Last Updated: Monday, October 18, 2021

Global responses to education recovery during COVID-19

What is this?

As a result of Covid-19 Scottish education faces great challenges. School and systems leaders are having to adapt to new ways of working. Along with these challenges there may be positive opportunities to change the way we lead and the way we support learning going forward in the recovery period.

It would be easy to assume we were all handling the challenges of this pandemic in the same way. Research and effective practice from around the globe in response to the current crisis may allow us to develop our thinking when seeking solutions to issues presented to us within our own contexts.

Who is this for?

This resource is for leaders and educators who are planning and delivering support for learners and teams during the recovery phase of the COVID-19 pandemic.

Explore this resource

This web page illustrates some interesting approaches to support that have taken place at an international, national and local level and is by no means an exhaustive list.

International level

International research bodies, advisory boards and policy makers have produced numerous reports and guidance documents on the reopening of schools, blended learning approaches and opportunities for innovation and change in the recovery period.

National level - responses at national government level from around the world

Taking into account advice and evidence at International level, national governments have begun to put in place their own plans for the recovery period that take into account their contexts:

  • Education Scotland have generated a central page to collate all their guidance and resources related to Covid-19. This page is continually under review and will be updated regularly.
  • Towards a Vision for Scottish Education in 2025: Making it Happen The ADES publication refers to a number of think pieces and the critical importance of a whole-system approach to improvement. Each report has a common thread running through; the creation of a ‘learning system’ where all stakeholders in the system work together with a shared vision and purpose, with relationships being the key to success.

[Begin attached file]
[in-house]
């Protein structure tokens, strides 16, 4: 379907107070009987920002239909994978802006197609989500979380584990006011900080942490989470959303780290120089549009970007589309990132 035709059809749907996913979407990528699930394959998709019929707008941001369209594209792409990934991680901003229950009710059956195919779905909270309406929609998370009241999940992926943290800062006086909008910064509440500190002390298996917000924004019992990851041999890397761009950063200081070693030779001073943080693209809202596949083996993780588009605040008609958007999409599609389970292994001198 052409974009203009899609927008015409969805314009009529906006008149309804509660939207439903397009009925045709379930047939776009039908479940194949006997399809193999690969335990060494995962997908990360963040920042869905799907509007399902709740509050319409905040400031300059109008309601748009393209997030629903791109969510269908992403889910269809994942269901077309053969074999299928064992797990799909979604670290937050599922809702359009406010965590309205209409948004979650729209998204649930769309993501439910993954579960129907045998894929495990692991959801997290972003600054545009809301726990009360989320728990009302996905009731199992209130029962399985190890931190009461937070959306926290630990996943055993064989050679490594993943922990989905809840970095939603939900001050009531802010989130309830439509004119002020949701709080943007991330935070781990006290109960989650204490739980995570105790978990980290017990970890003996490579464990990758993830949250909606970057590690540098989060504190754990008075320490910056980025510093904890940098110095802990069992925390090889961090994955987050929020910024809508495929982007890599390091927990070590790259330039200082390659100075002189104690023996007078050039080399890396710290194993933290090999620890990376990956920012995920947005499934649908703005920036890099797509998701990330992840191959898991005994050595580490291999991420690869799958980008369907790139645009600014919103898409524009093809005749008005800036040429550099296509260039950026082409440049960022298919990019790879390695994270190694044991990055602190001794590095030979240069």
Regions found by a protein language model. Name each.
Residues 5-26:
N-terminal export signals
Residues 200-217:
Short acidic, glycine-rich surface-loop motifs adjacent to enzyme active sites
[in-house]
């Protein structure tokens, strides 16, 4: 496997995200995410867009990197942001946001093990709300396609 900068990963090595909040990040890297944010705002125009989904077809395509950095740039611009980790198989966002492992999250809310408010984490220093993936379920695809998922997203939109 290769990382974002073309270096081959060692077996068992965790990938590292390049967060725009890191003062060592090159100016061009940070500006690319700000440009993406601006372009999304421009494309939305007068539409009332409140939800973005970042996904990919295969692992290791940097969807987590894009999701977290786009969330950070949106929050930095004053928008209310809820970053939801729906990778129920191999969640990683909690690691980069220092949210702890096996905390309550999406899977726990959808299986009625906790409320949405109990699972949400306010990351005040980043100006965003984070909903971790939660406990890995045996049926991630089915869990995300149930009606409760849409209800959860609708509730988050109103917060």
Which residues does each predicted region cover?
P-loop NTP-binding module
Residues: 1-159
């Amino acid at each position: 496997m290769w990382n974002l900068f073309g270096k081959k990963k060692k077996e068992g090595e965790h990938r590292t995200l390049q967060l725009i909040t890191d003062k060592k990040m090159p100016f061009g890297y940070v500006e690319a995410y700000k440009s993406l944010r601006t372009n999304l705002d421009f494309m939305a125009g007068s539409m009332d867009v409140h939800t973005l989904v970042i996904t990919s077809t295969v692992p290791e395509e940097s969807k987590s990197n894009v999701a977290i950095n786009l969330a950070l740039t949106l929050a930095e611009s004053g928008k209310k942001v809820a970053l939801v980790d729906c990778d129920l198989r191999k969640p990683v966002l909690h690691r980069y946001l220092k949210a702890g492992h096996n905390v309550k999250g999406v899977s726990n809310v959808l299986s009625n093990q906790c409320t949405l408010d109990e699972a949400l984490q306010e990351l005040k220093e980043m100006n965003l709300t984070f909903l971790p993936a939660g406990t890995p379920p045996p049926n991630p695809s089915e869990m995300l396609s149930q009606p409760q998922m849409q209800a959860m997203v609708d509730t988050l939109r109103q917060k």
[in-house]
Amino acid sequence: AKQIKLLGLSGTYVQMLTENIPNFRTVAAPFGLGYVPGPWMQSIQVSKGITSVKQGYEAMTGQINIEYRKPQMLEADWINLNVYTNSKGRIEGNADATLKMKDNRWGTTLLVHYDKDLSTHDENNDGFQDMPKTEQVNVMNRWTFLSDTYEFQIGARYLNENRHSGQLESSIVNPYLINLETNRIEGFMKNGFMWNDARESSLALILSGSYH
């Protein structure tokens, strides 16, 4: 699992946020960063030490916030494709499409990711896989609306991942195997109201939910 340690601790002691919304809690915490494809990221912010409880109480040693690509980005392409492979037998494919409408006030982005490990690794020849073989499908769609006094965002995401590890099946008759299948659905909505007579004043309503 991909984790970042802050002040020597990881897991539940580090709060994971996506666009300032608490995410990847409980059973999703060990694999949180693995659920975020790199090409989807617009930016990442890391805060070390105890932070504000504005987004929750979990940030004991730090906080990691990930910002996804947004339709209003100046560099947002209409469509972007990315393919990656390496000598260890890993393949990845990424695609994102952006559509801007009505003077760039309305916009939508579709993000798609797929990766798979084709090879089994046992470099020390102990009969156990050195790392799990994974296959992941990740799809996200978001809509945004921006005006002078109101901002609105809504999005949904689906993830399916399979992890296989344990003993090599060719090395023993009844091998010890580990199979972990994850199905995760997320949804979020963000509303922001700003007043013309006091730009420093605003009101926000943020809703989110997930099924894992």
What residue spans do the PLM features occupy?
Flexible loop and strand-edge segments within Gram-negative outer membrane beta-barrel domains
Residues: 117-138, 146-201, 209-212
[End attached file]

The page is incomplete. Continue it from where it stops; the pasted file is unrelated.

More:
• The Scottish Attainment Challenge Equity Audit deepens the understanding of the impact COVID-19 and school closures had on children and young people from socio-economically disadvantaged backgrounds.
  • The updated National Improvement Framework & Plan for 2021 sets out the vision and priorities for Scottish education that have been agreed across the system, and the national improvement activity that needs to be undertaken to help deliver those key priorities.
  • In Scotland, the Scottish Government have a central hub where all COVID-19 related guidance and documents sits. You can find the ones related to ‘Schools, Education, Children and Young People’ on this page.
  • Policy Scotland is working in Partnership with the Norwegian Government to distil the current available school guidance on reopening schools and a concentration on operational examples, which might inform decision-making within the Scottish education system.
  • Policy Scotland have also produced a briefing paper which summarises some of the key practices developed in Denmark which reopened some provision on 15 April 2020. It distills the currently available guidance, and concentrates on those areas which might be the most appropriate now and which have implications for the Scottish education system.
  • Policy Scotland have produced a range of reports on the impact of Covid-19 on Scottish Education. Including the impact on migrant families, rural social exclusion and achieving equity post pandemic.